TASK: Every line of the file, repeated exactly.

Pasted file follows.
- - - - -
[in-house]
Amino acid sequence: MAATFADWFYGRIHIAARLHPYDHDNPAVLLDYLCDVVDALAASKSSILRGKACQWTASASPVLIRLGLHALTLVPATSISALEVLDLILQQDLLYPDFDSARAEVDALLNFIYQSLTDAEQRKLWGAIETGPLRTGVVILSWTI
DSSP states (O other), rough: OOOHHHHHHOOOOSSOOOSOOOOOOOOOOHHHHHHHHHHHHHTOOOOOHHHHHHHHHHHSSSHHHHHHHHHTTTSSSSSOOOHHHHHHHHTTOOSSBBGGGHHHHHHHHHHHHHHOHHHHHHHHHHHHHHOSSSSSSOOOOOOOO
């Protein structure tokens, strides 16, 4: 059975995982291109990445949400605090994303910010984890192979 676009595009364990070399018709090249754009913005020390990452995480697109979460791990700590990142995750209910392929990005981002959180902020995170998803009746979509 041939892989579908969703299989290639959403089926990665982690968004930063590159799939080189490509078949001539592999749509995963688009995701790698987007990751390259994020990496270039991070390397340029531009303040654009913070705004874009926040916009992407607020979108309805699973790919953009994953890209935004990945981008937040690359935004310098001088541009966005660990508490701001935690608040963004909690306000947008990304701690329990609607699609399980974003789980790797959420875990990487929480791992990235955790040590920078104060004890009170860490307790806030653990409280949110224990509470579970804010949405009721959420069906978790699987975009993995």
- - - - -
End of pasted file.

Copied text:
[in-house]
Amino acid sequence: MAATFADWFYGRIHIAARLHPYDHDNPAVLLDYLCDVVDALAASKSSILRGKACQWTASASPVLIRLGLHALTLVPATSISALEVLDLILQQDLLYPDFDSARAEVDALLNFIYQSLTDAEQRKLWGAIETGPLRTGVVILSWTI
DSSP states (O other), rough: OOOHHHHHHOOOOSSOOOSOOOOOOOOOOHHHHHHHHHHHHHTOOOOOHHHHHHHHHHHSSSHHHHHHHHHTTTSSSSSOOOHHHHHHHHTTOOSSBBGGGHHHHHHHHHHHHHHOHHHHHHHHHHHHHHOSSSSSSOOOOOOOO
């Protein structure tokens, strides 16, 4: 059975995982291109990445949400605090994303910010984890192979 676009595009364990070399018709090249754009913005020390990452995480697109979460791990700590990142995750209910392929990005981002959180902020995170998803009746979509 041939892989579908969703299989290639959403089926990665982690968004930063590159799939080189490509078949001539592999749509995963688009995701790698987007990751390259994020990496270039991070390397340029531009303040654009913070705004874009926040916009992407607020979108309805699973790919953009994953890209935004990945981008937040690359935004310098001088541009966005660990508490701001935690608040963004909690306000947008990304701690329990609607699609399980974003789980790797959420875990990487929480791992990235955790040590920078104060004890009170860490307790806030653990409280949110224990509470579970804010949405009721959420069906978790699987975009993995």